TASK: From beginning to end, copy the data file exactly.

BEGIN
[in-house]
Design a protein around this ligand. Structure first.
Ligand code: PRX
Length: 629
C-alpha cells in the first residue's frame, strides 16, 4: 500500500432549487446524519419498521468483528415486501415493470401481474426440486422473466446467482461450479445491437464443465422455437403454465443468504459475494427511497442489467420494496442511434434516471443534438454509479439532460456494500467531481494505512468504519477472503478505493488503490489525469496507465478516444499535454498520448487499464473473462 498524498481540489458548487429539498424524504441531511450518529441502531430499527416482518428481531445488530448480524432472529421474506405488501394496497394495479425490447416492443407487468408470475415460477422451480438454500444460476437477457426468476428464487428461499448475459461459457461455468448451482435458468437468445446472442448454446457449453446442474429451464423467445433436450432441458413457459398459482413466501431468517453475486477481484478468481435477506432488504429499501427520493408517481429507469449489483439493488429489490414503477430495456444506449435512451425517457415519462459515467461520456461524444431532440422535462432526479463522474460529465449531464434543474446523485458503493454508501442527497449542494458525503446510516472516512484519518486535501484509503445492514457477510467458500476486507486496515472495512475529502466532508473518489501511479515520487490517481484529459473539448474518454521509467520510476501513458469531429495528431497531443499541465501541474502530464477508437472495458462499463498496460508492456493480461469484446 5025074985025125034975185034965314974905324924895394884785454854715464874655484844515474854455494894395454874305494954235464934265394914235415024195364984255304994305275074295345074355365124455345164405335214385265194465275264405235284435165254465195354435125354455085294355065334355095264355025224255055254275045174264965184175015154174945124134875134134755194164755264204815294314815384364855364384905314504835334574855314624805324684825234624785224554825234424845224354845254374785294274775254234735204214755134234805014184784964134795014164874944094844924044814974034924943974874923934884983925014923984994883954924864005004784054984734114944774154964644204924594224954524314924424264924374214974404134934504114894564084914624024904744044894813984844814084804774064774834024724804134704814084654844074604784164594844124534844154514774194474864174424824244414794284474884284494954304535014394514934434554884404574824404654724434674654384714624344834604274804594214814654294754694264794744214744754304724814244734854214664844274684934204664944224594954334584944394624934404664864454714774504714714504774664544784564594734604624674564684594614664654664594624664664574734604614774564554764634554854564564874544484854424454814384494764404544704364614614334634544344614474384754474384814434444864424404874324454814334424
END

[in-house]
Design a protein around this ligand. Structure first.
Ligand code: PRX
Length: 629
C-alpha cells in the first residue's frame, strides 16, 4: 500500500432549487446524519419498521468483528415486501415493470401481474426440486422473466446467482461450479445491437464443465422455437403454465443468504459475494427511497442489467420494496442511434434516471443534438454509479439532460456494500467531481494505512468504519477472503478505493488503490489525469496507465478516444499535454498520448487499464473473462 498524498481540489458548487429539498424524504441531511450518529441502531430499527416482518428481531445488530448480524432472529421474506405488501394496497394495479425490447416492443407487468408470475415460477422451480438454500444460476437477457426468476428464487428461499448475459461459457461455468448451482435458468437468445446472442448454446457449453446442474429451464423467445433436450432441458413457459398459482413466501431468517453475486477481484478468481435477506432488504429499501427520493408517481429507469449489483439493488429489490414503477430495456444506449435512451425517457415519462459515467461520456461524444431532440422535462432526479463522474460529465449531464434543474446523485458503493454508501442527497449542494458525503446510516472516512484519518486535501484509503445492514457477510467458500476486507486496515472495512475529502466532508473518489501511479515520487490517481484529459473539448474518454521509467520510476501513458469531429495528431497531443499541465501541474502530464477508437472495458462499463498496460508492456493480461469484446 5025074985025125034975185034965314974905324924895394884785454854715464874655484844515474854455494894395454874305494954235464934265394914235415024195364984255304994305275074295345074355365124455345164405335214385265194465275264405235284435165254465195354435125354455085294355065334355095264355025224255055254275045174264965184175015154174945124134875134134755194164755264204815294314815384364855364384905314504835334574855314624805324684825234624785224554825234424845224354845254374785294274775254234735204214755134234805014184784964134795014164874944094844924044814974034924943974874923934884983925014923984994883954924864005004784054984734114944774154964644204924594224954524314924424264924374214974404134934504114894564084914624024904744044894813984844814084804774064774834024724804134704814084654844074604784164594844124534844154514774194474864174424824244414794284474884284494954304535014394514934434554884404574824404654724434674654384714624344834604274804594214814654294754694264794744214744754304724814244734854214664844274684934204664944224594954334584944394624934404664864454714774504714714504774664544784564594734604624674564684594614664654664594624664664574734604614774564554764634554854564564874544484854424454814384494764404544704364614614334634544344614474384754474384814434444864424404874324454814334424